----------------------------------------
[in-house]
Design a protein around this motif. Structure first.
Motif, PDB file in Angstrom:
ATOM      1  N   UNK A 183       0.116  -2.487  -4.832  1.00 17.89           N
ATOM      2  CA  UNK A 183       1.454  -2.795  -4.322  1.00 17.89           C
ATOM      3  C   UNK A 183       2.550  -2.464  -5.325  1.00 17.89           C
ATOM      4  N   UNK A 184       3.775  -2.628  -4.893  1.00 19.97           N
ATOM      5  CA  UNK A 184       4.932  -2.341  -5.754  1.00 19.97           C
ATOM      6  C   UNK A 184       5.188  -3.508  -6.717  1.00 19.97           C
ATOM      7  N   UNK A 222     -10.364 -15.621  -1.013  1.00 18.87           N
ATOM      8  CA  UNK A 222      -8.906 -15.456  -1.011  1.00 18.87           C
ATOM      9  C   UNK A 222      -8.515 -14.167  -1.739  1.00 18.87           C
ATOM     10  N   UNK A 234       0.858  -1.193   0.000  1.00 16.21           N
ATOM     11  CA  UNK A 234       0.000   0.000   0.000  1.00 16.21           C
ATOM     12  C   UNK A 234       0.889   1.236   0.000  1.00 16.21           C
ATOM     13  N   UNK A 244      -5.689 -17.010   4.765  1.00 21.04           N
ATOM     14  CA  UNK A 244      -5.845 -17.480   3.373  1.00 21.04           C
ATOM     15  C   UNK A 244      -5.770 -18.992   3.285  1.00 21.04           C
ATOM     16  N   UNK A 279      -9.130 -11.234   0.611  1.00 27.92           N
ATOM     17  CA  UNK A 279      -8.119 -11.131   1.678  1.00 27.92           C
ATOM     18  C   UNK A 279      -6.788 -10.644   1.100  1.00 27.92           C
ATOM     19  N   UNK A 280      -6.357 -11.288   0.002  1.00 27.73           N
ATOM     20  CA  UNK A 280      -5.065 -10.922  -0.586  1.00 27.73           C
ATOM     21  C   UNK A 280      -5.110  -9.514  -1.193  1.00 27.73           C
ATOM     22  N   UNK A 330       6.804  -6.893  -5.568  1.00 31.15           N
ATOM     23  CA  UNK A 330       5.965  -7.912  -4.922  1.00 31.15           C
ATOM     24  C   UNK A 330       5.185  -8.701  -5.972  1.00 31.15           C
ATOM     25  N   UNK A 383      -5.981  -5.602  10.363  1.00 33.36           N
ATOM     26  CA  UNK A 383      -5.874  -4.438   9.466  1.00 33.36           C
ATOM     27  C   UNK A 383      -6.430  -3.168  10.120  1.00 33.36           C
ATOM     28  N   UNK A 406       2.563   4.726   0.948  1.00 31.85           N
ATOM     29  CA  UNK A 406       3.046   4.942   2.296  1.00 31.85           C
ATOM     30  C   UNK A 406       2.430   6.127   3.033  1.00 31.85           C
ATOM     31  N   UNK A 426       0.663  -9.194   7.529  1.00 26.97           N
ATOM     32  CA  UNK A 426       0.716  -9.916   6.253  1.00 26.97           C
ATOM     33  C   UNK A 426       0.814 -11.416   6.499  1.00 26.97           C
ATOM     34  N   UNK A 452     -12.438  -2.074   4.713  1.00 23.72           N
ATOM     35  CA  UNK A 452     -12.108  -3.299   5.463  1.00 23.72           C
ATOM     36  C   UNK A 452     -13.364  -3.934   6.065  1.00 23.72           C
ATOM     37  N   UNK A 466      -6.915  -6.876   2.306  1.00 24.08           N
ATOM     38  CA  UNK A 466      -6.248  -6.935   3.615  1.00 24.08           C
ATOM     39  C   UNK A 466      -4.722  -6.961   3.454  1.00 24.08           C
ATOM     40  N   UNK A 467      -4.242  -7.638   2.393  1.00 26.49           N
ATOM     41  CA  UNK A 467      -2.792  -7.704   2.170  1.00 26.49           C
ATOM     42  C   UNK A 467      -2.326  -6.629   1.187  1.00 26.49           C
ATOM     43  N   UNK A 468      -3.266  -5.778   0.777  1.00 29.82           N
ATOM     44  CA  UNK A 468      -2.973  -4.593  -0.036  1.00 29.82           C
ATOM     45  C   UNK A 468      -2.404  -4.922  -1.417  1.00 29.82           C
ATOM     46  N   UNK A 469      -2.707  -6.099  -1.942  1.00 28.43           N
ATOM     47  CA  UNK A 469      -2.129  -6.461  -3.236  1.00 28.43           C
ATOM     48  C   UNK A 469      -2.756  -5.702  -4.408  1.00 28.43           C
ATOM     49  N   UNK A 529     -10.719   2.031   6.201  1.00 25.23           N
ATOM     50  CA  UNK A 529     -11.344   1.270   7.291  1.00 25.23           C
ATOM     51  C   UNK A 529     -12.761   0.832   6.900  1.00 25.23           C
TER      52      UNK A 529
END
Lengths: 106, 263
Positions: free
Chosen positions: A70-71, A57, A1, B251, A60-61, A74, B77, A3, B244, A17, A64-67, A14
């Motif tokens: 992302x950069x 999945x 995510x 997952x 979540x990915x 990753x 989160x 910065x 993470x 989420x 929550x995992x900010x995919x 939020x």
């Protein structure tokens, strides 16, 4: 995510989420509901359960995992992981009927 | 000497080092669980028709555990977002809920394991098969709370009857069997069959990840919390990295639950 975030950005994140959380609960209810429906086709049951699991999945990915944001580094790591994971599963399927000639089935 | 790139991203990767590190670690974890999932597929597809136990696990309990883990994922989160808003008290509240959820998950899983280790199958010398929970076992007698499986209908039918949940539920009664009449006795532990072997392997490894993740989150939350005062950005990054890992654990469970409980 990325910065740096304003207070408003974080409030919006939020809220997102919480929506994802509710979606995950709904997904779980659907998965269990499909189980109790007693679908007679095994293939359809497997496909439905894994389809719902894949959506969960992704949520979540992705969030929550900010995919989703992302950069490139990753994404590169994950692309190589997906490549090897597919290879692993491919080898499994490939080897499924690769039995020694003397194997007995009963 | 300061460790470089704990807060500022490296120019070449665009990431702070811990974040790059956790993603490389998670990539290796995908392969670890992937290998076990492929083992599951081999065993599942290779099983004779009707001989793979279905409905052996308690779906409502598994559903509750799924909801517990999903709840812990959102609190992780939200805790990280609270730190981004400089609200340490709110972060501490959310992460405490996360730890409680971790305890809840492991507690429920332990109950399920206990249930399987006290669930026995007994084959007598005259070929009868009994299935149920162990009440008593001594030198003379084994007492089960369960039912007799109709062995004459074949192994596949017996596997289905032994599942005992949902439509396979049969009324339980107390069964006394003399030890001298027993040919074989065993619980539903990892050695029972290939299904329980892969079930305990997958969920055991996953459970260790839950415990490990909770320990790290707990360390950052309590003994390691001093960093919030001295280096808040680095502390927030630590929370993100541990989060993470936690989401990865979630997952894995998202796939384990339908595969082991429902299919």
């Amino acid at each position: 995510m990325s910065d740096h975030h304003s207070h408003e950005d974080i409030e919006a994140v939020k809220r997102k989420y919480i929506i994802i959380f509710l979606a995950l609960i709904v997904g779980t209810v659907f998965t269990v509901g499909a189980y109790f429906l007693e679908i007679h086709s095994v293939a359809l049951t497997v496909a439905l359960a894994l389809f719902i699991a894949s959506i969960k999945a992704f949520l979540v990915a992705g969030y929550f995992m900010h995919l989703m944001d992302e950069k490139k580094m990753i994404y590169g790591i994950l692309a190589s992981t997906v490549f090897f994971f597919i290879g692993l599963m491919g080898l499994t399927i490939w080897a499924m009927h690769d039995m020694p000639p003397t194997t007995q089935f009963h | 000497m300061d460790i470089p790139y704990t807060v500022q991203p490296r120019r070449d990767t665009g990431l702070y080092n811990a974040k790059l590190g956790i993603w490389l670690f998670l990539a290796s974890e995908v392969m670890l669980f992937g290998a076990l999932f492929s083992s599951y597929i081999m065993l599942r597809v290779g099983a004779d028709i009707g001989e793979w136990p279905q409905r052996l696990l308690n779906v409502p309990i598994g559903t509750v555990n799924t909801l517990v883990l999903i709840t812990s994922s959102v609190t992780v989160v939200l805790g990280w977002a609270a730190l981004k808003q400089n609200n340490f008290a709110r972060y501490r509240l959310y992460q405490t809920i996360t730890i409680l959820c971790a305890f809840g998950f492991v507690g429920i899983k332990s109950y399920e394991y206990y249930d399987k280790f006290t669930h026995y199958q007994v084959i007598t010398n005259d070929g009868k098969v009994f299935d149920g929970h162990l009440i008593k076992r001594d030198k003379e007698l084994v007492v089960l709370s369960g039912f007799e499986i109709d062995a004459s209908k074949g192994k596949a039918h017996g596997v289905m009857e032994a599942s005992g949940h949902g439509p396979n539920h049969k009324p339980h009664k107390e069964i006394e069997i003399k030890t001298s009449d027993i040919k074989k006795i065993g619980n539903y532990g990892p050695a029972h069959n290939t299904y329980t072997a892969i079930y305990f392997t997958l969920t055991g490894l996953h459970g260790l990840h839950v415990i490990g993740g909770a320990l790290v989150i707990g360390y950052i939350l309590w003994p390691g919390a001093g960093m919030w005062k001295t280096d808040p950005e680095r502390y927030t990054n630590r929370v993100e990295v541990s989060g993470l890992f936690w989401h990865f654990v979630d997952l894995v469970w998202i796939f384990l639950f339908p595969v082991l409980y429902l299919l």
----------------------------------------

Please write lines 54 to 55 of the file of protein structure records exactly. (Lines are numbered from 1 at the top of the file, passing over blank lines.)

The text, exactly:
ATOM     51  C   UNK A 529     -12.761   0.832   6.900  1.00 25.23           C
TER      52      UNK A 529